No easy solutions, but here’s one: drop the one family/one building model and facilitate other options which used to exist, like the boarding house, the decent residential hotel (Air bnb of the 19th century), dorms, and so on, all at an affordable rate. The thing that will demonstrate whether progress has occurred between 1800 and now will be whether we can do this without lowering safety standards back to 1800 levels at the same time. In Vancouver, developers put many live/work studios on the market cheap, but they did so because they didn’t have to meet the fire and earthquake codes. That’s not good enough.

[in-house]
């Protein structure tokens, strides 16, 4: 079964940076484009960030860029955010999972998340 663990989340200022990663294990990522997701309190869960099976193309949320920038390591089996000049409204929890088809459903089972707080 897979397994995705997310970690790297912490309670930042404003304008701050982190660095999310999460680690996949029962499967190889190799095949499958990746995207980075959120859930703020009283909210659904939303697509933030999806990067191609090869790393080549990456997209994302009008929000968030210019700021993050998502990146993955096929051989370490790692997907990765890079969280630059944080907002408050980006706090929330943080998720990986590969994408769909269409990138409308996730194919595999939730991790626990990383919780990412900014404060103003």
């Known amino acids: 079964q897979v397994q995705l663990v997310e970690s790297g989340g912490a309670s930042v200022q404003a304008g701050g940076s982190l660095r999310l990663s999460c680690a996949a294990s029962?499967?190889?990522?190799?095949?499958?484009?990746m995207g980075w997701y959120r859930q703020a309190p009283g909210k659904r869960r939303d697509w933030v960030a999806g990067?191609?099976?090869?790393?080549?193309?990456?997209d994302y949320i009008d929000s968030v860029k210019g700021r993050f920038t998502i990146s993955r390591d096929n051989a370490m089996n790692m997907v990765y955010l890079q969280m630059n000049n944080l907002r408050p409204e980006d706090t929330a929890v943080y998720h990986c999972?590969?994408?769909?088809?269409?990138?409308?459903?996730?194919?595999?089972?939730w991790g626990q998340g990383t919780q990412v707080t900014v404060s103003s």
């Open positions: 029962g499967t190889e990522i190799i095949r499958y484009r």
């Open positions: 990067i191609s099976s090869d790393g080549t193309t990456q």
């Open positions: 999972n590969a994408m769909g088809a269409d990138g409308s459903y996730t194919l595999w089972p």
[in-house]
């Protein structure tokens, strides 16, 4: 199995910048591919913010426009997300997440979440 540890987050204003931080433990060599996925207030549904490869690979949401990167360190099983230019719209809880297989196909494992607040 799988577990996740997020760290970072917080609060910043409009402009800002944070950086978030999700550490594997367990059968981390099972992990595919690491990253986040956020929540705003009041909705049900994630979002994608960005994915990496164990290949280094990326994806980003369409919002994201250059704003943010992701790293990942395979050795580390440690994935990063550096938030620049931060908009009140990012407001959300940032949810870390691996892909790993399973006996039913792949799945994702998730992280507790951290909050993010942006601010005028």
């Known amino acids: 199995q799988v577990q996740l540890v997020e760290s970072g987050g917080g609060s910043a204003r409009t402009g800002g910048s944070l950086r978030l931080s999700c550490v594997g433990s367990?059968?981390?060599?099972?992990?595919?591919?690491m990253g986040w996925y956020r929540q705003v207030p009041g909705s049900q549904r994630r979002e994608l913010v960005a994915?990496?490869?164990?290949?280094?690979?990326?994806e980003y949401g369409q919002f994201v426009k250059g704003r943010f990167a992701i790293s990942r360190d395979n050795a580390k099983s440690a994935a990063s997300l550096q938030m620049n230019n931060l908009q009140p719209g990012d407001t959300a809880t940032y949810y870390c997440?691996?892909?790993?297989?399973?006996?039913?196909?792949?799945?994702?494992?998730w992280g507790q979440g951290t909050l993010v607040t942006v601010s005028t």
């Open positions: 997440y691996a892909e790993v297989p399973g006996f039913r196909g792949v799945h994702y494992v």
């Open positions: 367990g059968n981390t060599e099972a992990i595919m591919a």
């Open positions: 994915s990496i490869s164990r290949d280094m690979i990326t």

Today at Disrupt SF, San Francisco Supervisor David Chiu and Yelp founder Jeremy Stoppelman discussed efforts to make the city more accessible to a larger number of residents. That means more housing, of course, but it also means helping residents who aren’t in the tech industry to see benefits from the boom in business here.
First up was housing, which has been an issue as the influx of new residents in San Francisco has led to a drastic increase in prices. There are no easy solutions to the housing crisis in San Francisco, in part because the crunch is being caused by a lack of housing development in other parts of the region.
Most successful development plans take into account where the jobs are and building housing around them, according to Chiu. But the people taking jobs in the South Bay are generally not able to get housing there and…
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